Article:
Still, marijuana laws are in flux. The federal government, which has long held that any form of pot use is illegal, effectively ended its ban on medical marijuana in late December after President Barack Obama signed a bill prohibiting federal funds from being spent to prosecute medical marijuana users. This may change the situation in California, for example, where residents with medical conditions have the right to “full and equal accommodations” in housing. Before the recent federal change, such protection didn’t necessarily include medical marijuana, says June Barlow, general counsel for the California Association of REALTORS®. But the new law could lead to medical marijuana accommodations in California.
The State’s Prerogative
It’s incumbent on practitioners who work as property managers to monitor changing laws, as more than half of the country’s 1.1 million REALTORS® live in jurisdictions where marijuana is legal in some form, according to NAR.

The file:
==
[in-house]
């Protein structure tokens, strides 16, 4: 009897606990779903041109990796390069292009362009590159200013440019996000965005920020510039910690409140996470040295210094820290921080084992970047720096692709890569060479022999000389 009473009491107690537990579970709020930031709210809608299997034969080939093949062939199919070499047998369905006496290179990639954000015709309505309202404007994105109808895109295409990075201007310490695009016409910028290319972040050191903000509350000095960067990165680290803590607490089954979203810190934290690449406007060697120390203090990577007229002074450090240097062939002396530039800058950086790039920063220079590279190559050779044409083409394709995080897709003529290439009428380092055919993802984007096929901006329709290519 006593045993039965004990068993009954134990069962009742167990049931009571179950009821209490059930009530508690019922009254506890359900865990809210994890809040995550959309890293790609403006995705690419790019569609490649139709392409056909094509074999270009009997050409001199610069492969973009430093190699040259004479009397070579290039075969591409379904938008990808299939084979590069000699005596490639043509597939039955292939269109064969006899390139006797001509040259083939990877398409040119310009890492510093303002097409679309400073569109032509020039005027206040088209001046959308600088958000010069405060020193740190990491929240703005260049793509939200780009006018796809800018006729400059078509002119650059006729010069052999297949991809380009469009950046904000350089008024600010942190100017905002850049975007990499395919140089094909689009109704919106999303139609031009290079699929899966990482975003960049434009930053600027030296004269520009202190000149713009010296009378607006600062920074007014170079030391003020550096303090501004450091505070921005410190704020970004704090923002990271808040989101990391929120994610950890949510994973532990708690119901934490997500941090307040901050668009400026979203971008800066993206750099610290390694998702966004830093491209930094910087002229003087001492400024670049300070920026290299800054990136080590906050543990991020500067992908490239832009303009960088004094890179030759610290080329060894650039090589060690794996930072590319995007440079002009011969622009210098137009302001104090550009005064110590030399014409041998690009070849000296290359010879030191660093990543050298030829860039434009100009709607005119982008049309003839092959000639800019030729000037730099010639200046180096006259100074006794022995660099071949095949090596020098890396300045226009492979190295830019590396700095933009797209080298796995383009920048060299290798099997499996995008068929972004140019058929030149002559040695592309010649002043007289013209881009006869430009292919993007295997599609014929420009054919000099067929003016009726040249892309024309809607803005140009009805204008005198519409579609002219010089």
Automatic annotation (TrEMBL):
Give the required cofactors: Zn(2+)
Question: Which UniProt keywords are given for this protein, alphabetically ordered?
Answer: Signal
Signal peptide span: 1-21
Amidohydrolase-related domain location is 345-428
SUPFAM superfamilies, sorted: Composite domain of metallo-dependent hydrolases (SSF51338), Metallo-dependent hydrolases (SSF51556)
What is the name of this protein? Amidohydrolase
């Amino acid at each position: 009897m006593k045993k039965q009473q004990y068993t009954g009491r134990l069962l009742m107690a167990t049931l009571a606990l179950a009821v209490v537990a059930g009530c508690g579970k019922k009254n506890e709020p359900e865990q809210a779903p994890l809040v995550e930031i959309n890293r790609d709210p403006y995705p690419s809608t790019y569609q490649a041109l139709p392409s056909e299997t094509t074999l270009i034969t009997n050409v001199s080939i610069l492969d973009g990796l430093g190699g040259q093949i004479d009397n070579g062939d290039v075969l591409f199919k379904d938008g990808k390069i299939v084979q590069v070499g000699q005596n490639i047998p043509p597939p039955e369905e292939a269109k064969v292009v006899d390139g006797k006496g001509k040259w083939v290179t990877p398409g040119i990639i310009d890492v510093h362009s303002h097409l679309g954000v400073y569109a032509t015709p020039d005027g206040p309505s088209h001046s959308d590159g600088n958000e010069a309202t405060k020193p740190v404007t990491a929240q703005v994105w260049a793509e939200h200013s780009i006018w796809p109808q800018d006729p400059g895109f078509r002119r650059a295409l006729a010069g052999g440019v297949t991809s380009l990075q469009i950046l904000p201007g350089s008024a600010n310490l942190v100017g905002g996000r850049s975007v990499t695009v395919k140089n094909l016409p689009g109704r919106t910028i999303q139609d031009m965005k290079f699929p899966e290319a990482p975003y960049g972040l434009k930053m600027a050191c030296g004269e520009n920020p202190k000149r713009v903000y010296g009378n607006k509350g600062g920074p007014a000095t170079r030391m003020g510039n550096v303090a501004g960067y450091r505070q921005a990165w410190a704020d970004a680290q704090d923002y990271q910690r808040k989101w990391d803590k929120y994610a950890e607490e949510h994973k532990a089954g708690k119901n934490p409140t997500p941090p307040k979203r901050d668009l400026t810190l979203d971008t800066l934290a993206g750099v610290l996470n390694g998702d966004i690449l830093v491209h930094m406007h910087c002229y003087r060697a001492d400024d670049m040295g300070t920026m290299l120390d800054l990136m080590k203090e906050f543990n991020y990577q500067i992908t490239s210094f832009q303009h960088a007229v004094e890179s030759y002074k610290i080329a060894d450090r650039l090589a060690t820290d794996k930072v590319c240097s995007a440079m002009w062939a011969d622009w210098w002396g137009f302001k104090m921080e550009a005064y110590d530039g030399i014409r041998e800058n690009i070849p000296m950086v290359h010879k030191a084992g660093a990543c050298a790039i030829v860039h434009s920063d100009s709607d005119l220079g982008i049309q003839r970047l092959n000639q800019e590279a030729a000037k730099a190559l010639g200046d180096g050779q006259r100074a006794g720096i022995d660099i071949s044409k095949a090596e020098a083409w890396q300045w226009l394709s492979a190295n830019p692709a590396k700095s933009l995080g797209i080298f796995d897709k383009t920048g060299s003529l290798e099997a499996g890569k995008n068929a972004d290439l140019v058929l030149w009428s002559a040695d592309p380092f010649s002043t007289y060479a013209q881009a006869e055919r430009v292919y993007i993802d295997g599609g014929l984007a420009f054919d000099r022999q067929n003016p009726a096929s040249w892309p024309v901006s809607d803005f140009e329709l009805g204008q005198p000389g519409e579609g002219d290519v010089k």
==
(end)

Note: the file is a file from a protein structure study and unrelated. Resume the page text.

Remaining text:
Here’s a possible scenario: A medical marijuana patient asks her landlord to let her smoke pot in her apartment. The landlord denies her request, but the tenant does it anyway, believing that her state’s law gives her the right. The landlord takes her to court to evict her. Although the state doesn’t explicitly require housing accommodations for pot, the law is in its infancy and a legal precedent has not been set. A judge may decide the legality of medical marijuana in the state means the tenant’s use should not be restricted and she should not be evicted.